PFAS are currently the subject of significant regulatory action, research, litigation, and public debate based on recent reports which claim that two PFAS, Perfluorooctanoic Acid (“PFOA”) and Perfluorooctane Sulfonate (“PFOS”), that were formerly used in a variety of industries may be carcinogens or reproductive toxicants. Several states have begun investigating and regulating the levels of PFAS in drinking water, and in some cases, for example Minnesota and New York, have sued manufacturers of the chemicals themselves or products that historically contained PFOA and PFOS, bringing claims for the recovery of natural resource damages, trespass, nuisance, and negligence.

EPA has historically addressed these chemicals through a stewardship program under which the companies that manufactured PFOA and PFOS agreed to voluntarily stop their production, and companies that used PFOA and PFOS agreed to stop importing them. Now, however, Acting Administrator Wheeler is under increasing bipartisan pressure to take federal regulatory action.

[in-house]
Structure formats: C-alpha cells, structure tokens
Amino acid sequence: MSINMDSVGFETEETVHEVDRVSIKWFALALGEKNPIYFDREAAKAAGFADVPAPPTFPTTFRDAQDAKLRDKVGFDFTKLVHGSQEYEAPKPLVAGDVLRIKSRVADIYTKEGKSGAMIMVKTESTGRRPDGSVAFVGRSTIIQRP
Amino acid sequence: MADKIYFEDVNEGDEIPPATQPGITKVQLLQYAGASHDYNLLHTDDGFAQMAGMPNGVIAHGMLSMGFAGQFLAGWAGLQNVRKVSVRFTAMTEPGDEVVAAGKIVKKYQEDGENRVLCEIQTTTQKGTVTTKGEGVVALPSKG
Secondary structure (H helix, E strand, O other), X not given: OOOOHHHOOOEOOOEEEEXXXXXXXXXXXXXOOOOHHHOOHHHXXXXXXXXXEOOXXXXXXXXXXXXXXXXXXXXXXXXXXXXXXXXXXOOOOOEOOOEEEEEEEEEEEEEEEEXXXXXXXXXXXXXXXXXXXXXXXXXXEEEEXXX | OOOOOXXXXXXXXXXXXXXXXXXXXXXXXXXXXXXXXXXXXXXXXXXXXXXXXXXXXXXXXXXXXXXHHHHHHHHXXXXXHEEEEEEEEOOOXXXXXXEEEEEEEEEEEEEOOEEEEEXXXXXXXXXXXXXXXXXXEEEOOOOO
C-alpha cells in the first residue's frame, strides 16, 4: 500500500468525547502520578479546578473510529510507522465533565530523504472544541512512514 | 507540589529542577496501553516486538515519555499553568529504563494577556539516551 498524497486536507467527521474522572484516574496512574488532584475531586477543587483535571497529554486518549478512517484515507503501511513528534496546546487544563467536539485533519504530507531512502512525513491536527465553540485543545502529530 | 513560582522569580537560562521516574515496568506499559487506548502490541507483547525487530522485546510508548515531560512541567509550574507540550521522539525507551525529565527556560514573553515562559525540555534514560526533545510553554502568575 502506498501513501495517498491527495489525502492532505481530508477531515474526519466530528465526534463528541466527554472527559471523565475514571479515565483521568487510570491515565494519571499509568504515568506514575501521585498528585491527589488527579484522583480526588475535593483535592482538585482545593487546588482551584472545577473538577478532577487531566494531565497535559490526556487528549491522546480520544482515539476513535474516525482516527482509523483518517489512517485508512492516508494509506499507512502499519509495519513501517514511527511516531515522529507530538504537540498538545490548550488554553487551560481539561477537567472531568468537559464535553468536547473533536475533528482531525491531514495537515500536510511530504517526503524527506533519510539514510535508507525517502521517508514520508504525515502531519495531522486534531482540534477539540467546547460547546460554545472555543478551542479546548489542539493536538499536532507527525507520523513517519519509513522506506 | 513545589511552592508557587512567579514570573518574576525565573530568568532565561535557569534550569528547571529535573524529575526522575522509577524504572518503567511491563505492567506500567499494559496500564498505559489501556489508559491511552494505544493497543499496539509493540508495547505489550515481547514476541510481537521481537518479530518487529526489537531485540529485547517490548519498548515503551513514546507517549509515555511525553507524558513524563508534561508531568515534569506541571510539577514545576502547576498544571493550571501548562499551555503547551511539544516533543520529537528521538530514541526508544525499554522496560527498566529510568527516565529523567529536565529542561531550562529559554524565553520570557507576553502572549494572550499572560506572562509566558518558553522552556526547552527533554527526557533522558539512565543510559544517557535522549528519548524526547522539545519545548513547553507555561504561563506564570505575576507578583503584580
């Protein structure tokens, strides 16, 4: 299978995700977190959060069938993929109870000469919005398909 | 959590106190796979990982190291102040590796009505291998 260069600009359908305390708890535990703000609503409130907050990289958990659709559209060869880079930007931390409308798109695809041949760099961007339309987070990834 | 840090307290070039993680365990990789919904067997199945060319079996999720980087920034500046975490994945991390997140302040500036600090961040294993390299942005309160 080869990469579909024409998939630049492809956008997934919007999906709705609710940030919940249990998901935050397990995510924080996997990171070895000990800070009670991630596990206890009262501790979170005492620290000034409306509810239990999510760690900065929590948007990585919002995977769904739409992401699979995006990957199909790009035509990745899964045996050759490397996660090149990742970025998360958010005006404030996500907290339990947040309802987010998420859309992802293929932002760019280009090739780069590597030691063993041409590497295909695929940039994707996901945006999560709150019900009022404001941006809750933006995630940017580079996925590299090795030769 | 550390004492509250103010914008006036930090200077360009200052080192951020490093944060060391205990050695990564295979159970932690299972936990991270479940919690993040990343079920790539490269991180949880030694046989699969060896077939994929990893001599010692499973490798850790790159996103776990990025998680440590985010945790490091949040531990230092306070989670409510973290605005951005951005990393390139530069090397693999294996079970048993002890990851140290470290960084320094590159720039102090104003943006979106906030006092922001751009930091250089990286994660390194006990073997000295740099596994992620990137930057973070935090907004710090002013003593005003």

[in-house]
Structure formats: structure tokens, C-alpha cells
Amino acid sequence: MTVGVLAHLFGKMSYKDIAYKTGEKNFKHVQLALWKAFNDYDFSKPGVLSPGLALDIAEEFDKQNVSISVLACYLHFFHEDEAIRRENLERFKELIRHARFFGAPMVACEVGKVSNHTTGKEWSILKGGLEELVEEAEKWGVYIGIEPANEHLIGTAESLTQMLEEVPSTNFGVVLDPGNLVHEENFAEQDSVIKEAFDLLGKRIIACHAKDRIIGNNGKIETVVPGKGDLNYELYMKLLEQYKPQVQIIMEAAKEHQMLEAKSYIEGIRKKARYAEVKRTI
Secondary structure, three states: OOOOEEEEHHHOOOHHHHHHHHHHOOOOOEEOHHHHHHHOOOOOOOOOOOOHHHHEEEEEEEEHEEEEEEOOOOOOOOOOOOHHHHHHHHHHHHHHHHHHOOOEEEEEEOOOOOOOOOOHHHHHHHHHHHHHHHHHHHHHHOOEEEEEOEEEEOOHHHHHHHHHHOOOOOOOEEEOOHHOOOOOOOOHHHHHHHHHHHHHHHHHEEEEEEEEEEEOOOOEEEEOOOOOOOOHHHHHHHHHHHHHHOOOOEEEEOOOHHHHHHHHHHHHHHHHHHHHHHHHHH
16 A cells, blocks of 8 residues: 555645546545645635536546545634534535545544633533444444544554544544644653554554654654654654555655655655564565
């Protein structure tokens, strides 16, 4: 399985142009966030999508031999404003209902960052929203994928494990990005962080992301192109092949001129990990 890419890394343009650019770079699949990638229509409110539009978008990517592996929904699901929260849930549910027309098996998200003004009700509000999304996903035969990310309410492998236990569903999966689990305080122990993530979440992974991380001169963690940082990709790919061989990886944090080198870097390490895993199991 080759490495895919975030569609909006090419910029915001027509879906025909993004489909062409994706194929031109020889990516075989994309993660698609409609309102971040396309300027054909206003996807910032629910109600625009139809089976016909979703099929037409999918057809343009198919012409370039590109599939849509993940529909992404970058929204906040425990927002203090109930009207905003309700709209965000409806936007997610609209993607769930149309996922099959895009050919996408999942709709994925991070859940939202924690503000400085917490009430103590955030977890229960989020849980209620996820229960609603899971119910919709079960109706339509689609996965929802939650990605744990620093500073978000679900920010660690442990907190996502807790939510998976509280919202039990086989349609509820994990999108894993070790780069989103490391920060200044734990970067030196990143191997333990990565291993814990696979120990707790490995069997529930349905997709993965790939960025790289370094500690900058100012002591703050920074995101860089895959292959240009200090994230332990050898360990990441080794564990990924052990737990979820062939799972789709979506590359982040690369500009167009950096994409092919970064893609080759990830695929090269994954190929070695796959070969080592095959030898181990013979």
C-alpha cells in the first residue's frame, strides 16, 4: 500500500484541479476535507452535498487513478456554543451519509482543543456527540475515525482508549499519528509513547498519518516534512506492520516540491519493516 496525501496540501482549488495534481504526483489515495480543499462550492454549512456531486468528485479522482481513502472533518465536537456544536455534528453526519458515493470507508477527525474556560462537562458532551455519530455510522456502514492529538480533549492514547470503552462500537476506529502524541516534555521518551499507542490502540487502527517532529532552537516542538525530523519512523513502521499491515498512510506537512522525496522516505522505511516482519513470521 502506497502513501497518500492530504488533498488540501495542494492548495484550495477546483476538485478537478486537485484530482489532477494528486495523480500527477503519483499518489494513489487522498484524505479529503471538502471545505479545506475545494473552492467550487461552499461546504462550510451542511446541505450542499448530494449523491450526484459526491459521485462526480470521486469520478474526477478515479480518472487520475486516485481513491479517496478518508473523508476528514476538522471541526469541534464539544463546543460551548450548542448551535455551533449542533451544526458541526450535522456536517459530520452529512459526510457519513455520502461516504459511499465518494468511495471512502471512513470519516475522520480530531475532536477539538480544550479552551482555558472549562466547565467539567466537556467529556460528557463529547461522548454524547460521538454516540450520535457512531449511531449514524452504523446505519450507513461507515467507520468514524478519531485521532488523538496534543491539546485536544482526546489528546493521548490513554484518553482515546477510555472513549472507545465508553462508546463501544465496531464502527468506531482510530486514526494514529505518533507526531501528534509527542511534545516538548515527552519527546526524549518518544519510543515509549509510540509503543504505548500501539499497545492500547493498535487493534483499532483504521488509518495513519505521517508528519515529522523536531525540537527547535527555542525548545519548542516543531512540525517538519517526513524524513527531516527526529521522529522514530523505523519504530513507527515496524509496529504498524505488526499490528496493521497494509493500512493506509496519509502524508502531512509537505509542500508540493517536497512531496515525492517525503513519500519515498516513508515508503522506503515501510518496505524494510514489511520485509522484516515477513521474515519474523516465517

Into the teeth of this debate, EPA unveiled its much-anticipated PFAS Action Plan (the Plan) on February 14, 2019. The full Action Plan can be found here, and a helpful one page summary is also available here. The Action Plan does not actually make any determinations, or propose or set any new regulatory standards for this wide group of chemicals. Instead, it provides a comprehensive preview of the next several years’ worth of federal investigation into, and regulation of these diverse chemicals which are used in a variety of industries to make products including water resistant clothing and athletic equipment, non-stick cookware,